The purpose of the study reported here was to describe the global pattern of the main inflammatory cell populations in the peritoneum and stroma and to determine whether the magnitude of expression of a limited group of inflammatory genes could be confirmed at the cellular proteomic level in peritoneal tissue and ascites cells.


Peritoneal and subjacent stromal biopsy specimens were obtained from 20 patients with EOC and from 7 patients with benign ovarian or other pelvic tumors who underwent surgery at M. D. Anderson Cancer Center according to a protocol approved by the appropriate institutional review board. Demographic characteristics of those patients are shown in Table 1. Biopsy samples were obtained from the peritoneum and from the submesothelial stroma on both sides of the pelvis, approximately 2 cm from the nearest visible tumor deposits, as quickly as possible after the abdominal cavity was accessed. Peritoneal biopsy samples were obtained carefully without prior manipulation of the chosen biopsy sites to minimize artifact induced variability. As controls, specimens were obtained from similar peritoneal sites in consenting subjects who were undergoing pelvic abdominal surgery but who did not have a diagnosis of cancer. The combined thickness of the peritoneal and separately obtained deeper stromal biopsy specimens was estimated at 1–2 millimeters. A technician was present in the operating room to receive and process all biopsy specimens. All specimens were bisected. One portion, for histopathologic, immunohistochemical, and immunofluorescence costaining, was collected and transported to the lab on ice where it was snap-frozen in Polyfreeze Tissue Freezing Medium (Polysciences, Warrington, PA). Another portion, to be used for microarray, was placed in a sterile tube containing 5% dextrose 0.2% sodium chloride solution and transported on ice to the laboratory. The tissue was removed from the saline solution and snap-frozen in a vial with RNAlater (Ambion, Austin, TX) to minimize RNA metabolism and degradation. Subsequently, peritoneal tissue was also obtained from several additional patients for eicosanoid studies. This tissue was placed dry into a sterile tube and snap-frozen in liquid nitrogen in the operating room. All tissues were stored at -80°C. Benign cases included: ovarian fibrothecoma (3), serous cystoadenoma or cystoadenofibroma (3), and ovarian papillary proliferation (1). A gynecologic pathologist (M.D.) reviewed all hematoxylin-and-eosin (H&E) -stained sections from specimens used in this study. Peritoneal specimens showing microscopic tumor involvement were not included in the studies described here.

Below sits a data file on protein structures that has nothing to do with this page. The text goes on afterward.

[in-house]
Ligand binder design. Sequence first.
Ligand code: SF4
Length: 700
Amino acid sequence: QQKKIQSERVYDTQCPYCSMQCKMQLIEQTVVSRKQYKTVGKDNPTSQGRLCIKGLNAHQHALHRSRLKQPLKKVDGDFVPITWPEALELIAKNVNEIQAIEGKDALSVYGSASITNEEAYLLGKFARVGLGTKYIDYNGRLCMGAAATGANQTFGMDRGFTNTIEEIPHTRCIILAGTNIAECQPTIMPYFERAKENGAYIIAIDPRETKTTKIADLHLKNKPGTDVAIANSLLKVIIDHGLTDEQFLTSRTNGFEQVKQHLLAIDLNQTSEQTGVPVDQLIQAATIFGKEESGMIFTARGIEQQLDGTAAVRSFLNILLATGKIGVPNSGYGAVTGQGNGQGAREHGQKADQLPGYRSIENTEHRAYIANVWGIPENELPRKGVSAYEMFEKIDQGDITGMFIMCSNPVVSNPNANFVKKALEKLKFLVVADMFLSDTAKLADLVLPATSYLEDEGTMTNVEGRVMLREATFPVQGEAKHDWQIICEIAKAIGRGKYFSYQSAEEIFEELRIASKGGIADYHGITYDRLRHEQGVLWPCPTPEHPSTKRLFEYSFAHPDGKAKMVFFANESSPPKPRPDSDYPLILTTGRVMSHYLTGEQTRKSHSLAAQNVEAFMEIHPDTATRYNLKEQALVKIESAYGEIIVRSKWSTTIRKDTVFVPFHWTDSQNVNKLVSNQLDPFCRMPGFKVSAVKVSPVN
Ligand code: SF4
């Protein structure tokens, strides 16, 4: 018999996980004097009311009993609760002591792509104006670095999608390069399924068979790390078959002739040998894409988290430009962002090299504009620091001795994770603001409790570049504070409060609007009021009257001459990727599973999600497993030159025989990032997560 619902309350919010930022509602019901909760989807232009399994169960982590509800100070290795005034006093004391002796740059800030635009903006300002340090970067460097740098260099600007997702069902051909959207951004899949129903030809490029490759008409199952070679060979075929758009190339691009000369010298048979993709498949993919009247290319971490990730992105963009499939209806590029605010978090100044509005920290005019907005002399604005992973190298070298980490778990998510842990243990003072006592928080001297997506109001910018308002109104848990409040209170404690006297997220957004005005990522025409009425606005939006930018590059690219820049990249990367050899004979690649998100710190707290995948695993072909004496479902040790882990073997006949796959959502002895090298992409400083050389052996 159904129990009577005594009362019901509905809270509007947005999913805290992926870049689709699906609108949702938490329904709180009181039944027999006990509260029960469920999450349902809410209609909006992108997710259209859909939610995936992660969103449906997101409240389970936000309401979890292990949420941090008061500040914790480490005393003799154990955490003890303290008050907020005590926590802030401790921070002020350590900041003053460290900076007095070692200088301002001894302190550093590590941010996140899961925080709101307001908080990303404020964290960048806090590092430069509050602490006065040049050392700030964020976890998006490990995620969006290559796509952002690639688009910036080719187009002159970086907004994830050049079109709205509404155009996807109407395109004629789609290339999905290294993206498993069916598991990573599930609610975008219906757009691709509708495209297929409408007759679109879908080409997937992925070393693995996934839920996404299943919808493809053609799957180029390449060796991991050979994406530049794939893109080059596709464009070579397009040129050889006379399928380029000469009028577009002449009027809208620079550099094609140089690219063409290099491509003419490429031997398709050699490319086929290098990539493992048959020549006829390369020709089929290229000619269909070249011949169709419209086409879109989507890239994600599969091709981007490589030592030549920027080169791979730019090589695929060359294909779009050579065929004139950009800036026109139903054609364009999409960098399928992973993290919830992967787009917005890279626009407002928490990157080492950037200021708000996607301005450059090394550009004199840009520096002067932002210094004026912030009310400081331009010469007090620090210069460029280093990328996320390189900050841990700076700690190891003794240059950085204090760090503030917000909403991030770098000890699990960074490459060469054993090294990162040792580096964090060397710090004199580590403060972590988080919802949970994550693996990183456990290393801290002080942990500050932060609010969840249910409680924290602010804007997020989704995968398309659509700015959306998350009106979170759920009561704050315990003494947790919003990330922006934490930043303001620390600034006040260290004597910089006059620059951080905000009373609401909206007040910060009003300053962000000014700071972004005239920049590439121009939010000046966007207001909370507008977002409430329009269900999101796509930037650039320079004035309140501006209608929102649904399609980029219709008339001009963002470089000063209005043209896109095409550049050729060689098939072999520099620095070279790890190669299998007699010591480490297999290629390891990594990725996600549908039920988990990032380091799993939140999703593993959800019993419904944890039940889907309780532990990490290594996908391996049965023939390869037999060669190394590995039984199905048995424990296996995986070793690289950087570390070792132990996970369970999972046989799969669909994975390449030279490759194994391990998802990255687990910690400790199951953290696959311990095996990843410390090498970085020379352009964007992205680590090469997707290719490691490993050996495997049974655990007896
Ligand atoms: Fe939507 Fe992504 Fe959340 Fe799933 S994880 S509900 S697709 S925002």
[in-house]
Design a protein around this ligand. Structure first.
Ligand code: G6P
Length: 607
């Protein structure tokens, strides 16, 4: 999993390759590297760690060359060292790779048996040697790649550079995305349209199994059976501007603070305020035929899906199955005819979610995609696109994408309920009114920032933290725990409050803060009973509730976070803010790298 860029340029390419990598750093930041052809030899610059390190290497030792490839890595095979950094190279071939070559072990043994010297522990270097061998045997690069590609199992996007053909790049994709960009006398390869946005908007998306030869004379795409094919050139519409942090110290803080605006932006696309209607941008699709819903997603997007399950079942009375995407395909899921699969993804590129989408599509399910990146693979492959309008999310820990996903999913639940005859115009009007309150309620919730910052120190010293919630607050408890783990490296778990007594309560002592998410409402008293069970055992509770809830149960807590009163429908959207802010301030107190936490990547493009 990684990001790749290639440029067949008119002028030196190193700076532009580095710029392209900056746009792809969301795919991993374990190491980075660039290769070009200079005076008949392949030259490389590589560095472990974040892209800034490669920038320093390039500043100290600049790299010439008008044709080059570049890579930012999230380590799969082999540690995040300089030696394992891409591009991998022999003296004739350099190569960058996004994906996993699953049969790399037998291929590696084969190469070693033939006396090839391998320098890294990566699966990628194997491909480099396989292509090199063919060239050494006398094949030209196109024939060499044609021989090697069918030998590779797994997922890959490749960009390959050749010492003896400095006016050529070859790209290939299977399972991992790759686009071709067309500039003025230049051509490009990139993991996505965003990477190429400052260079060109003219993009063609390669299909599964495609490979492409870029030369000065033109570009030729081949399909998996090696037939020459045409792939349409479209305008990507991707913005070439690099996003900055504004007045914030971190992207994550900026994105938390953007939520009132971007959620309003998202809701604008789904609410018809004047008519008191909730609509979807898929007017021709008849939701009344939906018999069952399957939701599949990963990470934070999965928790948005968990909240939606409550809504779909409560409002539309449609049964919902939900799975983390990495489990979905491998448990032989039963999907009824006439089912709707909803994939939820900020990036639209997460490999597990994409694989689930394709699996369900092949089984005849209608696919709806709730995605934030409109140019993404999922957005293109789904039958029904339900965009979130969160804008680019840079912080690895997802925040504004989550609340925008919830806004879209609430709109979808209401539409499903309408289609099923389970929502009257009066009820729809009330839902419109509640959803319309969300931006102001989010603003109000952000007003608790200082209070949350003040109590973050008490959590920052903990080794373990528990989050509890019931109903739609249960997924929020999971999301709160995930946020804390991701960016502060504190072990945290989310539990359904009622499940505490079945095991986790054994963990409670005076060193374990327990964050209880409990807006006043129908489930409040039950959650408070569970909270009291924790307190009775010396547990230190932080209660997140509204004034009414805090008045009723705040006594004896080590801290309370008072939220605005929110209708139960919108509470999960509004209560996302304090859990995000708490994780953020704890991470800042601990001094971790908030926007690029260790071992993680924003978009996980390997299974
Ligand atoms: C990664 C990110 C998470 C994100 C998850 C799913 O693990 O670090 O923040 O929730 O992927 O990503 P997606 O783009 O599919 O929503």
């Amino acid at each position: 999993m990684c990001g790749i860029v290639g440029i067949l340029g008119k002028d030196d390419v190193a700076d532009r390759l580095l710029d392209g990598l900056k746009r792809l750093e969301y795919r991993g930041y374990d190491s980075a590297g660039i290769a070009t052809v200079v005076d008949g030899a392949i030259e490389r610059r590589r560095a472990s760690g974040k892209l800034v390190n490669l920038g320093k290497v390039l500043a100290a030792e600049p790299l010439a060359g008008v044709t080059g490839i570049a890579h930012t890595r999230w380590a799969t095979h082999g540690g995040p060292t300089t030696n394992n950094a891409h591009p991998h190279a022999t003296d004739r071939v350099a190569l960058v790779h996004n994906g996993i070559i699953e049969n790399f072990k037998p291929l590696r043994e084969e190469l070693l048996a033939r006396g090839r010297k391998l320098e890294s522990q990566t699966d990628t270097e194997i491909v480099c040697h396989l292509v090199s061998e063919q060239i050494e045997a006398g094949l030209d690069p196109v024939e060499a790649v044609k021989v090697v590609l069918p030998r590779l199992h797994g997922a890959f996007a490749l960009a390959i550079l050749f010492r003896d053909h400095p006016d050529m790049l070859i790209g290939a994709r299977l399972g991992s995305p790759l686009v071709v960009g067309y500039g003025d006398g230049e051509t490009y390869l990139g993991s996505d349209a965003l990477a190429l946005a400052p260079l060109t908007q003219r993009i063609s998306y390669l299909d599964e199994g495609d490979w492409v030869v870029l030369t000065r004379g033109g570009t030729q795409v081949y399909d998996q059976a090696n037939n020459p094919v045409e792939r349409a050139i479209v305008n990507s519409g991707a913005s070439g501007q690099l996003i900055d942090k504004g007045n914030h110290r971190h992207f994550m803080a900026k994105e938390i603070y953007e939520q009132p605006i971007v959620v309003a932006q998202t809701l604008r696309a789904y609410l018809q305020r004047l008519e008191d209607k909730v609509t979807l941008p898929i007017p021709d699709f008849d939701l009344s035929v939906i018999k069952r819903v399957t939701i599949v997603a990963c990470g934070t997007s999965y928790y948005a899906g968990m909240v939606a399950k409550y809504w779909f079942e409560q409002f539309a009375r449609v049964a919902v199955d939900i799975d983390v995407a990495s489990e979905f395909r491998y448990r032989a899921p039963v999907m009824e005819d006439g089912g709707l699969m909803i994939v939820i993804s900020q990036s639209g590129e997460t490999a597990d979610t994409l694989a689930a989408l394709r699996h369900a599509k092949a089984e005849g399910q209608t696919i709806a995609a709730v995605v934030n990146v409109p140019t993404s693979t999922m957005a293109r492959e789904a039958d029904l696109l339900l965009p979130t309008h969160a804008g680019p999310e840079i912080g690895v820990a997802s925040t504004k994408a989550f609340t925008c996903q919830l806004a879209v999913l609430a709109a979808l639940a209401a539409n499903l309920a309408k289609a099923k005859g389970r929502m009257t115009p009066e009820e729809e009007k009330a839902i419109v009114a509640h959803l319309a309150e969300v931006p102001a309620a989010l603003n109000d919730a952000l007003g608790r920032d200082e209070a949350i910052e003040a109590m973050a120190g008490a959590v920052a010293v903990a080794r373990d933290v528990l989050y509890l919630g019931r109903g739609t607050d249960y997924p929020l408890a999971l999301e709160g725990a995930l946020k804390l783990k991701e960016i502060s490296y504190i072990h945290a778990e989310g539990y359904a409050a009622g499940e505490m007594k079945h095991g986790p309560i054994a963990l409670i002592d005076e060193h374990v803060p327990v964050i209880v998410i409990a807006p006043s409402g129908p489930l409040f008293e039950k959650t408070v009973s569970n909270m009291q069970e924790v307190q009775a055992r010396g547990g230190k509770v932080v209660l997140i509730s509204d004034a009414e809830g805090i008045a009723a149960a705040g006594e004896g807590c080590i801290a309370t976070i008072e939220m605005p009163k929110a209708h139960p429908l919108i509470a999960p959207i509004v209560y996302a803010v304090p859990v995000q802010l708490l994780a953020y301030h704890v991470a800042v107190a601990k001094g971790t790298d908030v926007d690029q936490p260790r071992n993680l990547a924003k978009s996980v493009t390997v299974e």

Table 1 Clinical characteristics of the 20 chemo-naive patients with epithelial ovarian cancer

Immunohistochemical staining of peritoneal biopsy tissues

Indirect immunoperoxidase (IIP) staining

To determine the proportions of infiltrating mononuclear leukocyte populations in the peritoneal stroma, cryopreserved peritoneal biopsy specimens were cut and stained, using an avidin-biotin immunoperoxidase method [10, 11]. IIP staining is generally considered more sensitive and specific than H&E for staining and identifying mononuclear leukocyte populations in cryopreserved tissue. Briefly, 6-μm sections of cryopreserved peritoneal tissues were immediately fixed with acetone for 10 minutes, air-dried for 30 minutes, and then kept at 20°C overnight. Sections were then air-dried for another 30 minutes at room temperature and endogenous peroxidase activity was blocked by incubation in 0.3% H2O2 in PBS for 15 minutes. Sections were then washed three times in PBS, and nonspecific reactions were blocked with 2% normal horse serum for 30 minutes. Sections were then incubated for 2 hours at room temperature with the primary antibodies as follows. For the immunohistochemical analyses, primary antibodies were: Mouse anti-human CD45 leukocyte common antigen [LCA] clones 2B11 + PD7/26, catalog no. M0701, Mo IgG1, 1/400 (DakoCytomation, Carpinteria, CA); mouse anti-human CD3 clone T3-4B5, catalog no. M0756, Mo IgG1, 1/225 (DakoCytomation); mouse monoclonal antibody KP1 to CD68, catalog no. ab955, Mo IgG1, 1/2000 (Abcam, Cambridge, MA); mouse anti-SCLC (CD56, N-CAM) clone 123C3. Mo IgG1, 1/50 (Zymed Labs, San Francisco, CA); and mouse anti-human CD20 clone B-LyI, catalog no. M0774, Mo IgG1 kappa 1/700 (DakoCytomation). Secondary antibodies used were: biotinylated horse anti-mouse IgG (1:200) (Vector Laboratories, Burlingame, CA); Universal LSAB kit/HRP Rabbit/Mouse, catalog no. K0675 (DakoCytomation), and appropriate isotype controls. Optimal conditions for staining with each antibody were determined by using appropriate test tissues. After being washed with PBS three times, sections were incubated with the appropriate secondary antibody for 1 hour at room temperature. Sections were then washed again with PBS and incubated with avidin-biotin peroxidase conjugate (ABC Kit, Vector Laboratories, catalog no. PK6102) at a dilution of 1:100 for 30 minutes at room temperature, after which AEC substrate (Vector Laboratories, catalog no. SK-4200) was added for 10 minutes. Sections were washed with tap water, counterstained with Vector hematoxylin (Vector Laboratories) for 1 minute, and mounted with permanent aqueous mounting medium (Biomeda, Foster City, CA, catalog no. M03) [10].